And, of course, the weirdest thing of all was that no one noticed anything weird. A little slimy gray guy in a suit is normal. A hairless blue lady in a suit is normal. An astronaut with tentacles is... not normal, but accepted as Another Weirdo Jet Jock, and therefore, well, normal. I do have to take my hat off to the Scarren for strategy, if not subtlety; if you're going to seriously, consciously attempt to drive someone insane, there's no better way to do it then to gaslight them -- make them wander around in a world gone totally insane, constantly repeating the words, "Is it everyone else who's nuts? Or are they all sane and I've lost it?"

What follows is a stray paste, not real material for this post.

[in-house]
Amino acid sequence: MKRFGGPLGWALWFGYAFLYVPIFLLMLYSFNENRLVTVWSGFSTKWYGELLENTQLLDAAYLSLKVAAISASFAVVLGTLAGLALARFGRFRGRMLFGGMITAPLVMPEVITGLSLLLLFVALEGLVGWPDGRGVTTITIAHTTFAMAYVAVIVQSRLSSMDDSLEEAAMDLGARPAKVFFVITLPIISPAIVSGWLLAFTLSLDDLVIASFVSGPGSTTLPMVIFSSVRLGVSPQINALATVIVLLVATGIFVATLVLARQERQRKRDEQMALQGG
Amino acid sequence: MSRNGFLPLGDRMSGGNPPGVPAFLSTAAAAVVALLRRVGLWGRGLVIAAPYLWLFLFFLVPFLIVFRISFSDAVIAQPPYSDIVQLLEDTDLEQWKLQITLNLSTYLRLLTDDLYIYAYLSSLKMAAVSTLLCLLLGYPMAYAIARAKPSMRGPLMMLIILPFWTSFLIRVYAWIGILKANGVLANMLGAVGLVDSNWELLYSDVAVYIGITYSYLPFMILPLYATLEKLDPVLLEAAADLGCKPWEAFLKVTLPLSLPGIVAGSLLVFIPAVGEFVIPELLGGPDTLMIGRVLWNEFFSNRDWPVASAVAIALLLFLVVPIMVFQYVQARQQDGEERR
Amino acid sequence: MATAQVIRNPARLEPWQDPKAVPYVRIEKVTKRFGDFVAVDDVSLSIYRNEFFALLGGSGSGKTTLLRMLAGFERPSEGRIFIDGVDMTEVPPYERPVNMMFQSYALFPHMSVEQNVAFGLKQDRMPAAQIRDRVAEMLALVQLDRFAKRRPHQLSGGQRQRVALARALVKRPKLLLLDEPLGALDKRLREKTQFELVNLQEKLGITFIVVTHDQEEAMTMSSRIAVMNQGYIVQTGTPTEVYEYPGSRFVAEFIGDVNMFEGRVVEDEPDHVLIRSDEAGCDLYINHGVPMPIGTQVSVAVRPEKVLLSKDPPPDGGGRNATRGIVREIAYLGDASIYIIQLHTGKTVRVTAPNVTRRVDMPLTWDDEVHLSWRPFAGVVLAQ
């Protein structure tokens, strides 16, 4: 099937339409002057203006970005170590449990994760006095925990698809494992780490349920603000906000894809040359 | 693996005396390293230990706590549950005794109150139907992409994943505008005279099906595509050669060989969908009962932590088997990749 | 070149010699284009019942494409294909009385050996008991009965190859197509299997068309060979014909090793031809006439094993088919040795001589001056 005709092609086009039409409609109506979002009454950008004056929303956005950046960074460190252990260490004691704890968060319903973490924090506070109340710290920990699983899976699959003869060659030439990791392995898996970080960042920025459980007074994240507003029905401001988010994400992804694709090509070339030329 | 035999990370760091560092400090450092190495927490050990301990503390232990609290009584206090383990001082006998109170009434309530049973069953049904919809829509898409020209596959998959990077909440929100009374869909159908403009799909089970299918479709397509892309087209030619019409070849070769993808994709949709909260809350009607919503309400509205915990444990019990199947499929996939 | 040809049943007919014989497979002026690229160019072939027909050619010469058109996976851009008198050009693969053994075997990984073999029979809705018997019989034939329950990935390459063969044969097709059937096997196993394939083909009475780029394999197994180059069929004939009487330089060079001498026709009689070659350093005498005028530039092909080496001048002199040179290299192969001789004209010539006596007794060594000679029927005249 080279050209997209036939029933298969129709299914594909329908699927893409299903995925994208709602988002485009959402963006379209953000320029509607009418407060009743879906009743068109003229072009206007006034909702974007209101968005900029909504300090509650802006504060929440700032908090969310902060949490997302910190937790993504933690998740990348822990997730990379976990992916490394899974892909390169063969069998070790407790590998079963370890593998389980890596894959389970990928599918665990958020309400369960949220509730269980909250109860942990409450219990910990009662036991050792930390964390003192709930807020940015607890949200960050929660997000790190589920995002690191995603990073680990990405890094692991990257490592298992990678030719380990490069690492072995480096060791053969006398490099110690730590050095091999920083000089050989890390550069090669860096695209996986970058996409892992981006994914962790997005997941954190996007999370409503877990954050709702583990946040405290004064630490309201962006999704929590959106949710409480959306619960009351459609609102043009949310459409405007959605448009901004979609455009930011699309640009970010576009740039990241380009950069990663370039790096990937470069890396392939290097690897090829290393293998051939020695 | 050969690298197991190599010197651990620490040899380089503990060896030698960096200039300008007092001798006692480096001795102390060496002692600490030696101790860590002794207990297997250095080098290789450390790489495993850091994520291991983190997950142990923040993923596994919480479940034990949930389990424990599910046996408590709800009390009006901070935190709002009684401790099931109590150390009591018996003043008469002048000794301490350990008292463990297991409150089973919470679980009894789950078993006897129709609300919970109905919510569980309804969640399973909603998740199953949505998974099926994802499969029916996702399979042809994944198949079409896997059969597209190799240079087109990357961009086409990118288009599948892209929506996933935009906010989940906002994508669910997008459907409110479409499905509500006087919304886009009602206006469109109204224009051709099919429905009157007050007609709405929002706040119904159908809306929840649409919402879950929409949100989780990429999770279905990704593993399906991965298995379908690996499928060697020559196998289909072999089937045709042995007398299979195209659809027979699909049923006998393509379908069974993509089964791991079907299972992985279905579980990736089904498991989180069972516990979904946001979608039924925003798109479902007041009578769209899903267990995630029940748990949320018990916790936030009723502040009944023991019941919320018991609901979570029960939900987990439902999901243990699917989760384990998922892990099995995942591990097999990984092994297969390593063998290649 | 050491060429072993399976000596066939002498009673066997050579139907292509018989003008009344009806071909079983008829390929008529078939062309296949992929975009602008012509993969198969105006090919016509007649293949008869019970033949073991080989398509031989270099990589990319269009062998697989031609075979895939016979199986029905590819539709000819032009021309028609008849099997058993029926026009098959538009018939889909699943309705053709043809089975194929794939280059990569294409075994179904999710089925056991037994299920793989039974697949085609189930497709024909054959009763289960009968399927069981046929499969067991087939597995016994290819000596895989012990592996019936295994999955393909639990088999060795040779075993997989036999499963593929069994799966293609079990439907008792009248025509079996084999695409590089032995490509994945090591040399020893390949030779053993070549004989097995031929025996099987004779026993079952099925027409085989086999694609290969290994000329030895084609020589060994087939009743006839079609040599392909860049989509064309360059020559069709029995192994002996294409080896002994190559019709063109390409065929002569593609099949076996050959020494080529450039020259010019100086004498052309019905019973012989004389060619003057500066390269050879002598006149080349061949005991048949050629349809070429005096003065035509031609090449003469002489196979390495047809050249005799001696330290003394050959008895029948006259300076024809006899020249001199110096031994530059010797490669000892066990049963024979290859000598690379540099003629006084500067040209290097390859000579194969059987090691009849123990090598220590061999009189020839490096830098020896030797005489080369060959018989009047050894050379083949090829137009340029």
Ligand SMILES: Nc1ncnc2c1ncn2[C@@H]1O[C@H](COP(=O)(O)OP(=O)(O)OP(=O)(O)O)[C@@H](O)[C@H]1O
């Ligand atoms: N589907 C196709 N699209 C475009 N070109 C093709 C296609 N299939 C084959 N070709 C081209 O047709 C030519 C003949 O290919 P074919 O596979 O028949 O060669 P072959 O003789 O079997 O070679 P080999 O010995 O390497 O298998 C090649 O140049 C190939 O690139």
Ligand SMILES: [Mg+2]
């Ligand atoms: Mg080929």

Not that we could blame John for losing it; the man is long overdue for a serious nervous breakdown; in fact, going into the episode, that was the big question -- is it real, is it Memorex, or is John finally heading for the Prozac? Ben Browder does his usual awesome job of clinging to sanity with his fingertips, gleefully jumping over the edge and enjoying the ride, and sheer, gut-wrenching pain when he's confronted with his mother's doppleganger. Ouch. And can I just say, ouch? No like Scarrens. Mean, nasty ickies that hit below the belt in big, huge ways. They are so banned from the TGUT offices for, like, ever. But Kiki's right; they really have to work on that overconfident streak and oh, say, disarm their prisoners.